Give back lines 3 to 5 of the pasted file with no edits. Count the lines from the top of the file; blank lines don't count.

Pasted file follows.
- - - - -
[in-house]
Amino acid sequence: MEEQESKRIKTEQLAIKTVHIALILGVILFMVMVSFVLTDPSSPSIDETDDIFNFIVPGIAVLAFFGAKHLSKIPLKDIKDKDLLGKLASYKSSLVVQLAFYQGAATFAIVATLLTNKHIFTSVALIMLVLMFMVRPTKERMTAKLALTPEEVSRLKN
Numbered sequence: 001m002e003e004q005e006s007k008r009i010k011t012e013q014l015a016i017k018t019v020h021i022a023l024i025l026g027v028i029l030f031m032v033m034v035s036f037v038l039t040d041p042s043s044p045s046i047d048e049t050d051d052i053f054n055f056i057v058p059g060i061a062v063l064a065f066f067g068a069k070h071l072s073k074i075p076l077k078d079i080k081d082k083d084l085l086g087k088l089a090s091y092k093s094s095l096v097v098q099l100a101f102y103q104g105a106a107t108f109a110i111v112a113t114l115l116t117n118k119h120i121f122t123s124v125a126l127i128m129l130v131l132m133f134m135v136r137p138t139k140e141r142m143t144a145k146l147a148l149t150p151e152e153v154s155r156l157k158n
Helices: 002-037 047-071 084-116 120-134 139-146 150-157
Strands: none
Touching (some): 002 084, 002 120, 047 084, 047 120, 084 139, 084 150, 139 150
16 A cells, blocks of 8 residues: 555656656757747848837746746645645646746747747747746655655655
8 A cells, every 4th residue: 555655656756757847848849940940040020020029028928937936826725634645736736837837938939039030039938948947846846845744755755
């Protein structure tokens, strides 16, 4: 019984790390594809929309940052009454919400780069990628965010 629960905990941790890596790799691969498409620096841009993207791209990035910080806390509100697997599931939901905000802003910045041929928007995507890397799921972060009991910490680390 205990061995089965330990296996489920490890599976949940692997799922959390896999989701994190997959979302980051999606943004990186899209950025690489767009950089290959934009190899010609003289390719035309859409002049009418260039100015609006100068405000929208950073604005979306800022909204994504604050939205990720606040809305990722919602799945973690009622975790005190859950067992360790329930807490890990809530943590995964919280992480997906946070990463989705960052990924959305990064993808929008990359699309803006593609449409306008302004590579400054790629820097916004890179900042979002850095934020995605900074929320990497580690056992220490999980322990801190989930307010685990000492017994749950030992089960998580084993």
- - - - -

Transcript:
Numbered sequence: 001m002e003e004q005e006s007k008r009i010k011t012e013q014l015a016i017k018t019v020h021i022a023l024i025l026g027v028i029l030f031m032v033m034v035s036f037v038l039t040d041p042s043s044p045s046i047d048e049t050d051d052i053f054n055f056i057v058p059g060i061a062v063l064a065f066f067g068a069k070h071l072s073k074i075p076l077k078d079i080k081d082k083d084l085l086g087k088l089a090s091y092k093s094s095l096v097v098q099l100a101f102y103q104g105a106a107t108f109a110i111v112a113t114l115l116t117n118k119h120i121f122t123s124v125a126l127i128m129l130v131l132m133f134m135v136r137p138t139k140e141r142m143t144a145k146l147a148l149t150p151e152e153v154s155r156l157k158n
Helices: 002-037 047-071 084-116 120-134 139-146 150-157
Strands: none